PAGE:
Why Listed Infrastructure?

Why Listed Infrastructure?

Airports, electrical plants, gas pipelines, rail and roads provide essential services. The relatively predictable nature of the demand for such assets means the market price of the companies that manage them can act differently to other equities.

 

Low volatility

The essential nature of infrastructure assets to society makes demand for their services relatively easy to predict. Even at times of economic weakness, consumers continue to use water, electricity and gas. Also, an increase in population or gross domestic product will lead to higher revenue for user pay assets such as toll roads.

The companies that own these assets often have a monopoly on the services they provide and so enjoy relatively stable fundamental valuations. This can lead towards lower volatility in the market price for the companies that own such assets during the peaks and troughs of business cycles.

Sustainable yields

Infrastructure companies tend to provide predictable income distributions to investors. This is due to the relatively stable earnings derived from their underlying assets. Furthermore, predictable income distributions can also be the result of regulation and/or long-term contracts which enforce viable and stable cash flows. This can provide clear visibility for revenues and dividends.

The impact of rising yields on listed infrastructure

Sharp rises in bond yields can lead to a short-term sell off in utility stocks. This is because the market generally prices utility companies based on their dividend yields, which for yield-driven investors appear relatively less attractive as bond yields rise. However, for long-term, active investors this short-term mispricing may present a good buying opportunity as the fundamental valuations underpinning these securities remain unchanged. This is because when bond yields rise utility companies can go back to their regulator and seek an increase to their ‘allowed returns’. Generally, such allowed returns are calculated utilising the Capital Asset Pricing Model (CAPM). A key input into CAPM is the risk-free rate¹, for which many regulators use the ten-year government bond yield as a proxy. Therefore, as the ten-year bond yield increases, the risk-free rate also increases along with the utility company’s ‘allowed returns’. So, for utilities, the exposure to interest rates is generally limited to the length of time between the reset periods. The timing of these regulatory resets varies across jurisdictions.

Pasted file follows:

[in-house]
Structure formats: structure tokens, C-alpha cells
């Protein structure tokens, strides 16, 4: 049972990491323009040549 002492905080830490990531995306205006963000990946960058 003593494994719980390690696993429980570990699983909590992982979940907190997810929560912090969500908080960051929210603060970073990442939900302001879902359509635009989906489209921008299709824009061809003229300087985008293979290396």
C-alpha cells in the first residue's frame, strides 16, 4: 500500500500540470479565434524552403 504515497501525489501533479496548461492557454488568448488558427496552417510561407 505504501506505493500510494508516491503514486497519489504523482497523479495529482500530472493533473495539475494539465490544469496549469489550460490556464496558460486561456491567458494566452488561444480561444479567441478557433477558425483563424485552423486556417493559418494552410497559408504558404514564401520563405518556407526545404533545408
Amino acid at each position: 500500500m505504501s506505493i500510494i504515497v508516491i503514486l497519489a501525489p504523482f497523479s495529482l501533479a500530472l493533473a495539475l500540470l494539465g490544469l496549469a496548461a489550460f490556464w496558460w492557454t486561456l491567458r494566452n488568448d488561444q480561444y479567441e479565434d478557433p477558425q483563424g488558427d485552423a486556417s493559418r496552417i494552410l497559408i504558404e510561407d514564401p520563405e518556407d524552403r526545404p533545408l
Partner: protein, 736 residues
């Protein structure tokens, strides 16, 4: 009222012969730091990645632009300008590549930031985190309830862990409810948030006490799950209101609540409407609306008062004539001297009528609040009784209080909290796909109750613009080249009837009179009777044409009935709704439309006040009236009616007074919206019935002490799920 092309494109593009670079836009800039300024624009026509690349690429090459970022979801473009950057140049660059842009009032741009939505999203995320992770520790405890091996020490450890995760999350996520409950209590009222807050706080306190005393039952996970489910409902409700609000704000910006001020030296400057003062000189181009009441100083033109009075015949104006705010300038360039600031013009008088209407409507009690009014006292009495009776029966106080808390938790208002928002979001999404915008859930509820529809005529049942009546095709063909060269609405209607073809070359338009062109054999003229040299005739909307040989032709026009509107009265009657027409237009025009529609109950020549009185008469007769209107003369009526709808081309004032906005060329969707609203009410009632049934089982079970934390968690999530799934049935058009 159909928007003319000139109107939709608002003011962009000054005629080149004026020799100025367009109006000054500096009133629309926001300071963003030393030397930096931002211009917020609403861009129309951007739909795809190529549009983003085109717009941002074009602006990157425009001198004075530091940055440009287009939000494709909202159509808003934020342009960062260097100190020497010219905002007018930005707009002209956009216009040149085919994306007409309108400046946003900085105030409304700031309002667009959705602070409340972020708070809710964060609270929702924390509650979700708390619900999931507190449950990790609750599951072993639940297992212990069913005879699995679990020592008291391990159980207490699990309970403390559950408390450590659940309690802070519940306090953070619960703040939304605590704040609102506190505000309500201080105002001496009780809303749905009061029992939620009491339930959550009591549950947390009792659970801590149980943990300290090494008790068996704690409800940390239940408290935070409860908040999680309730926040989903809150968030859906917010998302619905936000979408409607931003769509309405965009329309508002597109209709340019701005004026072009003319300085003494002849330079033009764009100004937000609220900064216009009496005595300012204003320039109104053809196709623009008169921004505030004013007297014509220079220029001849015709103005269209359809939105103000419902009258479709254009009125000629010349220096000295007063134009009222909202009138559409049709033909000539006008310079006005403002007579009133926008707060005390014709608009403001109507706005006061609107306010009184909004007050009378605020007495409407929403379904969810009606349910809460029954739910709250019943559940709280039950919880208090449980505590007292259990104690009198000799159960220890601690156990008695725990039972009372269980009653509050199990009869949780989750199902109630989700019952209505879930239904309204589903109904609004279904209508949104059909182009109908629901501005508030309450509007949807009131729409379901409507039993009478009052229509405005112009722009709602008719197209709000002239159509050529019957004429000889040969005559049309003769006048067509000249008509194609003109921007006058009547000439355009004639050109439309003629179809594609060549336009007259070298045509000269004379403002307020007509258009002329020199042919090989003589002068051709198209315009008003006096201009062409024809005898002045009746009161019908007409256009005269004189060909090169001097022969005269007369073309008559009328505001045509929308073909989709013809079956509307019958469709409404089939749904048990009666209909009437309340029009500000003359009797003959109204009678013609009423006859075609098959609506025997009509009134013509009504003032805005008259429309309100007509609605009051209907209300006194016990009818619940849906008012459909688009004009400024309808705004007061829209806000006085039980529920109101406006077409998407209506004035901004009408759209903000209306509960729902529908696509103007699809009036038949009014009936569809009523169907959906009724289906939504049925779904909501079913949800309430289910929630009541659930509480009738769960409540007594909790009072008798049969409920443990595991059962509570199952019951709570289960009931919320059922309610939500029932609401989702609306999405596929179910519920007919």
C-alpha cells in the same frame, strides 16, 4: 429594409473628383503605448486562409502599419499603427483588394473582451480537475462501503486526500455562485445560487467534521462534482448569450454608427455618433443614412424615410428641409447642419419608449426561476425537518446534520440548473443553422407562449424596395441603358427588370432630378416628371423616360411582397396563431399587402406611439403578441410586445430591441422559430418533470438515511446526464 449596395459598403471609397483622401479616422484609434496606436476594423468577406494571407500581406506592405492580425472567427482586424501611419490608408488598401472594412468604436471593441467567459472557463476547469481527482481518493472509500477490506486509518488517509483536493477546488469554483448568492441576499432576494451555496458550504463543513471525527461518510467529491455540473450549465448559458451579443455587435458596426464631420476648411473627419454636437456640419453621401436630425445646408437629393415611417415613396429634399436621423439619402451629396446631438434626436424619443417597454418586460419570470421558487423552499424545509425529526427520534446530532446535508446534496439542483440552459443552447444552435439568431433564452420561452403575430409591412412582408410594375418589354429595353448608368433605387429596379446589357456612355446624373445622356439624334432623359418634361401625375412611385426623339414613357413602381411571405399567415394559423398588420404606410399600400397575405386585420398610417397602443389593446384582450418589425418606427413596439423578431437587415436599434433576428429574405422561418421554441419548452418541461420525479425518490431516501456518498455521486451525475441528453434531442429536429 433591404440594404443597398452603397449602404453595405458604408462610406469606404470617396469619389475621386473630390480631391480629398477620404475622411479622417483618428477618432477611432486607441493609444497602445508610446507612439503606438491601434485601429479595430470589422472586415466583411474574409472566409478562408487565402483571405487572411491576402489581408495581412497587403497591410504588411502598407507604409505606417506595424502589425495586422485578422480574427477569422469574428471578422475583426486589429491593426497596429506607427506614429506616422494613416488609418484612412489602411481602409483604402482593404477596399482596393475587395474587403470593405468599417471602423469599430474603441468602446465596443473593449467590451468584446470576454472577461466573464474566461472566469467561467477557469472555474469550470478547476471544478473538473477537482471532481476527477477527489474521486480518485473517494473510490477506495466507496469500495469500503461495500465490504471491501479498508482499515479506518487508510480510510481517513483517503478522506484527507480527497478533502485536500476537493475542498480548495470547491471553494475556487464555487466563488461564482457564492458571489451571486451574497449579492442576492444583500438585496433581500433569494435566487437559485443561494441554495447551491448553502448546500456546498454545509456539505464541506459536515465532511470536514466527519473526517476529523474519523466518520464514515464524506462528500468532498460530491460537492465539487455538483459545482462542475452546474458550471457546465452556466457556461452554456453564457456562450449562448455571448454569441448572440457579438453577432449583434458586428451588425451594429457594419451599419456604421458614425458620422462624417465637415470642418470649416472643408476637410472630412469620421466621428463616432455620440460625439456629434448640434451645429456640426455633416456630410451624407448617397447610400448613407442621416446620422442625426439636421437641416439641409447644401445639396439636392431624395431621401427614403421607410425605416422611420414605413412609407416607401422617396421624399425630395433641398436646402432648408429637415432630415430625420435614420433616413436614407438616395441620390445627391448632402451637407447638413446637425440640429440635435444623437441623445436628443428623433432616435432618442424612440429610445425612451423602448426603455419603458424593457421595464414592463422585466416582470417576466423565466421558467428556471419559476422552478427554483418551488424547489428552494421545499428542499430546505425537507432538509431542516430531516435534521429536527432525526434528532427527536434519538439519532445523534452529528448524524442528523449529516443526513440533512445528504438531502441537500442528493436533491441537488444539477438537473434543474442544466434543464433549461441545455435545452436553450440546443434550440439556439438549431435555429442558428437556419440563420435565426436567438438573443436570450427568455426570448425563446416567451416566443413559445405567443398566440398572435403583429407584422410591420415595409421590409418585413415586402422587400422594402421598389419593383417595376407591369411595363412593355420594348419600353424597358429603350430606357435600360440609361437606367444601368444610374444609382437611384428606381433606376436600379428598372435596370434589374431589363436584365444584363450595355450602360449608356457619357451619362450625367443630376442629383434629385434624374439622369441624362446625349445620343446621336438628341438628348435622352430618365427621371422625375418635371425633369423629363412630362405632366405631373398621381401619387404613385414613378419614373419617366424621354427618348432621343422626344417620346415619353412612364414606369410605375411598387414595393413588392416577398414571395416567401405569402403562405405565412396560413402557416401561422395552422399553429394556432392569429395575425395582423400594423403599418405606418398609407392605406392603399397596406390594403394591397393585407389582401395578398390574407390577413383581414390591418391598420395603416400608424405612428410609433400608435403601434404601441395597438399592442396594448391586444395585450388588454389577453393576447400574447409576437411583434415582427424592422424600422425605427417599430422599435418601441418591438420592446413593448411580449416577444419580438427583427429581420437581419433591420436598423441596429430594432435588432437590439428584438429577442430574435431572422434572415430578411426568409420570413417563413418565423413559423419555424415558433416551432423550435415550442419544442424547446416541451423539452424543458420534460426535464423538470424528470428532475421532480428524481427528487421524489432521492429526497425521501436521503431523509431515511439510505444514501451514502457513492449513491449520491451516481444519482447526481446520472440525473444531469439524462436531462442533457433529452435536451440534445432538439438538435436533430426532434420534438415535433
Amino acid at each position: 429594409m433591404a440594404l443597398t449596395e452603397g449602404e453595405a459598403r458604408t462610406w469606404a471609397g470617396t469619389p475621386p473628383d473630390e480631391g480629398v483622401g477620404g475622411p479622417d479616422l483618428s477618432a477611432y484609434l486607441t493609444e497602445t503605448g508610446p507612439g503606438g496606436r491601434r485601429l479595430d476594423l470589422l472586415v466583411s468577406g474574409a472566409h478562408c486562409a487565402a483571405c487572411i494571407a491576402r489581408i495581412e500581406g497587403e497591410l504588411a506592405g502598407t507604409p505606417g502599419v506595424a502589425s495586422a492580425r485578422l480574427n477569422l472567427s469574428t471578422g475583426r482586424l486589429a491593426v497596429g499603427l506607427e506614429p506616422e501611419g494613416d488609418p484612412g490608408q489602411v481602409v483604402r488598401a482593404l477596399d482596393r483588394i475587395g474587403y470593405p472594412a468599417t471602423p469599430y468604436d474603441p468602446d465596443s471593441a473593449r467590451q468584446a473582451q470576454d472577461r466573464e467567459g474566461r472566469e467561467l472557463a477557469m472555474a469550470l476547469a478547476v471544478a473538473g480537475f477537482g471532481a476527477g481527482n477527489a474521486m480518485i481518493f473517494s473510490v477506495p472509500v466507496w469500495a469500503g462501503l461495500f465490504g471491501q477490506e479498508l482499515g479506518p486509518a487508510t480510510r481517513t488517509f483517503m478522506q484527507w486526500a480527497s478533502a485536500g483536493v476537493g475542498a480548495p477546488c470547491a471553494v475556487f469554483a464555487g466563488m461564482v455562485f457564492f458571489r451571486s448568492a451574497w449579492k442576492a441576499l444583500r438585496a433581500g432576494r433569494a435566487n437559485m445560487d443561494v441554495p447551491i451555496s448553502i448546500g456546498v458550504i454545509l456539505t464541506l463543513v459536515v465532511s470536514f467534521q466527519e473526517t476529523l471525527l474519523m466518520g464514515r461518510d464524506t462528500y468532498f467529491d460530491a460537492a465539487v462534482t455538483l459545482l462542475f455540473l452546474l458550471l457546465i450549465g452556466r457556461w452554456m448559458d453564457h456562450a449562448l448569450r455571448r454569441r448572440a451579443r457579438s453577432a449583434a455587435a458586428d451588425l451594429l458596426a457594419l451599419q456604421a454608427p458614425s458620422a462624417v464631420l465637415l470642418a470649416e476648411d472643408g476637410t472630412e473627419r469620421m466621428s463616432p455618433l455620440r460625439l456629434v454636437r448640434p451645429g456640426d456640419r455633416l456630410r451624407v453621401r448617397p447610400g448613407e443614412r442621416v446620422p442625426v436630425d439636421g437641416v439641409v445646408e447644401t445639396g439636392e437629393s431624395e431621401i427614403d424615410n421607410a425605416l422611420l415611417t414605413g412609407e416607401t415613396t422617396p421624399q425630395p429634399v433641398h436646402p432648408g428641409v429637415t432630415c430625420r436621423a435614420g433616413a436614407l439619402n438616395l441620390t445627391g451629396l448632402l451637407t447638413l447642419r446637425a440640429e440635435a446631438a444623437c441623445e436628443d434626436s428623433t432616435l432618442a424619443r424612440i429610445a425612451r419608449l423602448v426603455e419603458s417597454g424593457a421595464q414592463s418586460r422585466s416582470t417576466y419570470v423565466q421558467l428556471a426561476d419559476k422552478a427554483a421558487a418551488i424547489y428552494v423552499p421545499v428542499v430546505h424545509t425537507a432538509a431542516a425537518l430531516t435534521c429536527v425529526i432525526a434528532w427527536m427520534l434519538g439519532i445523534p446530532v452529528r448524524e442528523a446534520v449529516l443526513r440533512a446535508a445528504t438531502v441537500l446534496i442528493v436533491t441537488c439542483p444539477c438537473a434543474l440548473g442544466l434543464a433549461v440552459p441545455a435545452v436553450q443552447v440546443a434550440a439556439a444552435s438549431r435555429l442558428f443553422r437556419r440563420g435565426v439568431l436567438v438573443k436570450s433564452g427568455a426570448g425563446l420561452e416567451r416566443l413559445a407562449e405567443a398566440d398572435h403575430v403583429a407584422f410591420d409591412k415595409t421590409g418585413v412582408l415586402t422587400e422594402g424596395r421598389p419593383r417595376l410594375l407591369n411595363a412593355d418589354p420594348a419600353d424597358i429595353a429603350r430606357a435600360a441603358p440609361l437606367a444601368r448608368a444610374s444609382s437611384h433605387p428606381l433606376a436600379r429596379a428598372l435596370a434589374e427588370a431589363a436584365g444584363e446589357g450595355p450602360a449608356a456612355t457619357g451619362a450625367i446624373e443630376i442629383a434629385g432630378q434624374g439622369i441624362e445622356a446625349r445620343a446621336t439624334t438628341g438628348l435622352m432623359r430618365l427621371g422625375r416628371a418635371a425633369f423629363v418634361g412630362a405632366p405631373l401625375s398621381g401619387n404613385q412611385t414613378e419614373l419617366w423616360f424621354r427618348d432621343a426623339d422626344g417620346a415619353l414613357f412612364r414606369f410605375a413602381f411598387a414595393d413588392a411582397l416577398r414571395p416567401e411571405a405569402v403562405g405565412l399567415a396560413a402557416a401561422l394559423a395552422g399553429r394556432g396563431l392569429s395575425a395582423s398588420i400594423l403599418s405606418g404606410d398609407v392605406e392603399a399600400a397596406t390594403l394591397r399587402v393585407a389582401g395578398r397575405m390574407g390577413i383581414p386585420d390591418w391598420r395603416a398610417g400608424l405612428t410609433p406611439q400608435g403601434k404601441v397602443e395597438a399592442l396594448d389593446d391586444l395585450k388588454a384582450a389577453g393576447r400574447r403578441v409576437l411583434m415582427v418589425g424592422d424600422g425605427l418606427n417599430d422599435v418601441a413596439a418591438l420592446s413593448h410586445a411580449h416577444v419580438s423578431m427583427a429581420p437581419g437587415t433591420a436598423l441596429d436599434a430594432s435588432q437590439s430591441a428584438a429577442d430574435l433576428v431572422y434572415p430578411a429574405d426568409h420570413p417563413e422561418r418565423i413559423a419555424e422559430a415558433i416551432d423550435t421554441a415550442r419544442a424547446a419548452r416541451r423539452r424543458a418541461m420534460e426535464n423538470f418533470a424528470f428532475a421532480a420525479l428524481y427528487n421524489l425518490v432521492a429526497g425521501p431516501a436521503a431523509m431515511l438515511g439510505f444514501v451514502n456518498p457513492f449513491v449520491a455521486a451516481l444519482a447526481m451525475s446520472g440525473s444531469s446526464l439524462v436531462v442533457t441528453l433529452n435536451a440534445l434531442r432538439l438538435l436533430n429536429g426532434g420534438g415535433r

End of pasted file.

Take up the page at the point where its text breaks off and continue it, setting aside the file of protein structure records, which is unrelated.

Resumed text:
An expanding asset class

As the global population increases and living standards rise, there is rising demand for improved infrastructure. Governments increasingly turn to the private sector to build or manage the necessary projects and, as a result, the investment opportunities grow. Analysis undertaken between RARE Infrastructure and Chicago-based David Hale Global Economics, predicted the value of infrastructure assets would increase from $49 trillion to $110 trillion between 2014–2030, a 124% rise. More recent reports confirmed this approximate increase. In 2016, Citibank estimated that $58.6 trillion would be built over the next 15 years² and a McKinsey and Company report³, also from 2016, put the figure at $57 trillion.

One of the biggest spends is coming from China’s One Belt, One Road project which aims to speed the transportation of goods between China, Asia and Europe. While in the US, the government has approved a $200 billion federally funded investment to leverage at least $1.5 trillion in infrastructure investment. In addition, it is seeking changes to legislation to remove barriers to private investment in infrastructure assets.

 

Emerging Markets Infrastructure Spending Needs : Historical Infrastructure Spending  (2000-2015) vs Needed Infrastructure Spending (2017-2035)

USD trillion (at constant 2017 prices)

Source: Analysis taken from report by Citi - Infrastructure For Growth, the Dawn of a New Multi-Trillion Dollar Asset Class, October 2016.  

Inflation management

Either through regulation, concession agreements or contracts, the revenue that most infrastructure assets receive has an explicit link to inflation.

For regulated assets, the regulator determines the revenues that a company should earn on their assets and in doing so they typically take into account inflation. This provides a level of protection when buying a global portfolio of stocks, where individual stocks may come from countries with higher inflation than that of the domestic investor.

For user pay assets where there is a long-term rise in inflation that is accompanied by a similar rise in bond yields, the inflationary rise in cash flows should offset the rise in discount rates. As such, inflation-driven bond yields should not have a material impact on the fundamental valuation of user-pays infrastructure.

 

1 The Risk Free Rate is the yield on high quality government bonds. In common usage the US Treasury yield is the risk-free benchmark against which other assets can be measured.

2 Citi GPS: Global Perspectives & Solutions, October 2016

3 McKinsey Global Institute “BRIDGING GLOBAL INFRASTRUCTURE GAPS” June 2016

 

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